• Other marginalized groups can benefit from accessible facilities, including elderly people, pregnant women, children and the sick, including those living with HIV/ AIDS.

Making Water and Sanitation Facilities Accessible to Disabled People

  • Disabled people and their representatives should be consulted at all stages of decision making in the design, operation and maintenance of facilities.

Water facilities

  • Water sources should ideally be located near to households where disabled people live. This may mean providing piped water next to the house, or installing a storage jar nearby. A wide, level path may also need to be provided, leading to the facilities, so that someone using a wheelchair or walking with support can have access.

  • Access to a tap or pump handle is particularly important for people who have impaired use of their lower limbs. A ramp or sitting block may need to be provided, to ensure access.

  • A means of transporting water, such as jerry cans, should be adapted in such a way as to be convenient for the user.

Sanitation facilities

  • Toilets should be constructed with appropriate access facilities. Examples include ramps to reach raised toilets, ways to allow disabled people to open, close and lock doors and non-slip floor surfaces.

  • Installing raised toilet seats and handrails can provide support to disabled and elderly people who are unable to use a squat latrine.

Policy and Strategies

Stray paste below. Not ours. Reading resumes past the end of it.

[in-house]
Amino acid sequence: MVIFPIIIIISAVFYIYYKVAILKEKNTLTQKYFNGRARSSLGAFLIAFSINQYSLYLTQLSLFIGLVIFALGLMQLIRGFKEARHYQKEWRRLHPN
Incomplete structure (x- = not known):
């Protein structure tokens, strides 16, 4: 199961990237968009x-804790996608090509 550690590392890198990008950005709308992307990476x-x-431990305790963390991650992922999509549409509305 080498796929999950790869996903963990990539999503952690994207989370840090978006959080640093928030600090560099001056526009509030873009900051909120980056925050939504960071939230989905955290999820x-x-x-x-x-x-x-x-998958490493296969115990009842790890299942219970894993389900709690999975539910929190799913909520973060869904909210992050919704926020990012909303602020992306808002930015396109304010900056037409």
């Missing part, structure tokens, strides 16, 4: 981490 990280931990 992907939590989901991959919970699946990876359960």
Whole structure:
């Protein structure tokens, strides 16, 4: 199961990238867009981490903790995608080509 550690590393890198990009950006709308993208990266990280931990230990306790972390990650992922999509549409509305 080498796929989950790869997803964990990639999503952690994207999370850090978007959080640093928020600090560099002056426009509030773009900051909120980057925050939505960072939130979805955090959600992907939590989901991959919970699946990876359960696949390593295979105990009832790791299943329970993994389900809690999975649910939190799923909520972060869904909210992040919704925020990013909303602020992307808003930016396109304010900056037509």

In Kenya, the Persons with Disability Act 2003 is the main legal instrument that comprehensively addresses the rights of disabled persons. It covers, for example access to buildings, public carriages and education opportunities. However, accessibility to water and sanitation services has not been clearly defined in the Act.

  • In Uganda, promoting equal opportunities for people with disabilities has been identified as a strategy to reach marginalized people. Despite this, no specific  guidance is available on how to achieve increased access to water and sanitation services for disabled people.

  • Community Based Rehabilitation [CBR] is the main strategy adopted in Kenya and Uganda to address the needs of disabled people at the community level. However, the major emphasis is on raising awareness to reduce social stigmas, rather than on  improved service delivery by, for example, integrating the provision of water and sanitation into the strategy.

  • Although disability is considered a human rights issue, concrete plans are yet to be developed to improve access to essential health care programmes. In Uganda for instance, primary health care activities have been implemented for more than two decades, but little attention was paid to disability issues prior to 1995.

  • Relevant and appropriate information on how to develop inclusive water and sanitation facilities is crucial, if sector stakeholders are to address the current barriers faced by disabled people in accessing services.

Disability and Gender-related Burdens

  • Caring for a disabled family member presents an additional workload for women, who will already be exhausted from household chores, including walking several kilometres to look for water each day.